This precaution was feeble, but not wholly inadequate—in the Middle Ages; for we know by good evidence that the priest was often interrupted and the banns forbidden.
But in modern days the banns are never forbidden; in other words, the precautionary measure that has come down to us from the thirteenth century is out of date and useless. It rests, indeed, on an estimate of publicity that has become childish, and almost asinine. If persons about to marry were compelled to inscribe their names and descriptions in a Matrimonial Weekly Gazette, and a copy of this were placed on a desk in ten thousand churches, perhaps we might stop one lady per annum from marrying her husband's brother, and one gentleman from wedding his neighbor's wife. But the crying of banns in a single parish church is a waste of the people's time and the parson's breath.
And so it proved in Griffith Gaunt's case. The Rev. William Wentworth published, in the usual recitative, the banns of marriage between Thomas Leicester, of the parish of Marylebone in London, and Mercy Vint, spinster, of this parish; and creation, present ex hypothesi mediævale, but absent in fact, assented, by silence, to the union.
So Thomas Leicester wedded Mercy Vint, and took her home to the "Packhorse."
It would be well if those who stifle their consciences, and commit crimes, would set up a sort of medico-moral diary, and record their symptoms minutely day by day. Such records might help to clear away some vague conventional notions.
To tell the truth, our hero, and now malefactor, (the combination is of high antiquity,) enjoyed, for several months, the peace of mind that belongs of right to innocence; and his days passed in a state of smooth complacency. Mercy was a good, wise, and tender wife; she naturally looked up to him after marriage more than she did before; she studied his happiness, as she had never studied her own; she mastered his character, admired his good qualities, discerned his weaknesses, but did not view them as defects; only as little traits to be watched, lest she should give pain to "her master," as she called him.
Affection, in her, took a more obsequious form than it could ever assume in Kate Peyton. And yet she had great influence, and softly governed "her master" for his good. She would come into the room and take away the bottle, if he was committing excess; but she had a way of doing it, so like a good, but resolute mother, and so unlike a termagant, that he never resisted. Upon the whole, she nursed his mind, as in earlier days she had nursed his body.
And then she made him so comfortable: she observed him minutely to that end. As is the eye of a maid to the hand of her mistress, so Mercy Leicester's dove-like eye was ever watching "her master's" face, to learn the minutest features of his mind.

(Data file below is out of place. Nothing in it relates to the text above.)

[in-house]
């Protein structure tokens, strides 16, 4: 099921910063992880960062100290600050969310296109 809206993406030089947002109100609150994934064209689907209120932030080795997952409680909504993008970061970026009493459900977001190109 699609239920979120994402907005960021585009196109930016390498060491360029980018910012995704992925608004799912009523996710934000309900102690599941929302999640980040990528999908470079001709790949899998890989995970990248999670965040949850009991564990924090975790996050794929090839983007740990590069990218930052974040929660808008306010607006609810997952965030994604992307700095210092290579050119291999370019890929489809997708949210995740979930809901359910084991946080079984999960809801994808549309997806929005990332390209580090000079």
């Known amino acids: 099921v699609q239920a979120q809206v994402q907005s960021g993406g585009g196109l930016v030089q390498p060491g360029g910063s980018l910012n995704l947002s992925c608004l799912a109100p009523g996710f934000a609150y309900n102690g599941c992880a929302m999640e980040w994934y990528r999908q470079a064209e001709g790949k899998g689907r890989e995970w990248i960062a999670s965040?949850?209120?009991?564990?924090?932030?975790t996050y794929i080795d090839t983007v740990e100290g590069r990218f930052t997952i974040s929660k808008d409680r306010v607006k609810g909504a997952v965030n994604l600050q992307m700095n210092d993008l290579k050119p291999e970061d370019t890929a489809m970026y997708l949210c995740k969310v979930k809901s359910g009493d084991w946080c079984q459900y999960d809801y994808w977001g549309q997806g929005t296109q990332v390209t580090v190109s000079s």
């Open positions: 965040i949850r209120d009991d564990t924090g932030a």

One evening he came in tired, and there was a black fire in the parlor. His countenance fell the sixteenth of an inch. You and I, sir, should never have noticed it. But Mercy did, and, ever after, there was a clear fire when he came in.
She noted, too, that he loved to play the viol da gambo, but disliked the trouble of tuning it. So then she tuned it for him.
When he came home at night, early or late, he was sure to find a dry pair of shoes on the rug, his six-stringed viol tuned to a hair, a bright fire, and a brighter wife, smiling and radiant at his coming, and always neat; for, said she, "Shall I don my bravery for strangers, and not for my Thomas, that is the best of company?"
They used to go to church, and come back together, hand in hand like lovers; for the arm was rarely given in those days. And Griffith said to himself every Sunday, "What a comfort to have a Protestant wife!"
But one day he was off his guard, and called her "Kate, my dear."
"Who is Kate?" said she softly, but with a degree of trouble and intelligence that made him tremble.
"No matter," said he, all in a flutter. Then, solemnly, "Whoever she was, she is dead,—dead."
"Ah!" said Mercy, very tenderly and solemnly, and under her breath. "You loved her; yet she must die." She paused; then, in a tone so exquisite I can only call it an angel's whisper, "Poor Kate!"
Griffith groaned aloud. "For God's sake, never mention that name to me again. Let me forget she ever lived. She was not the true friend to me that you have been."
Mercy replied, softly, "Say not so, Thomas. You loved her well. Her death had all but cost me thine. Ah, well! we cannot all be the first. I am not very jealous, for my part; and I thank God for 't. Thou art a dear good husband to me, and that is enow."
Paul Carrick, unable to break off his habits, came to the "Packhorse" now and then; but Mercy protected her husband's heart from pain. She was kind, and even pitiful; but so discreet and resolute, and contrived to draw the line so clearly between her husband and her old sweetheart, that Griffith's foible could not burn him, for want of fuel.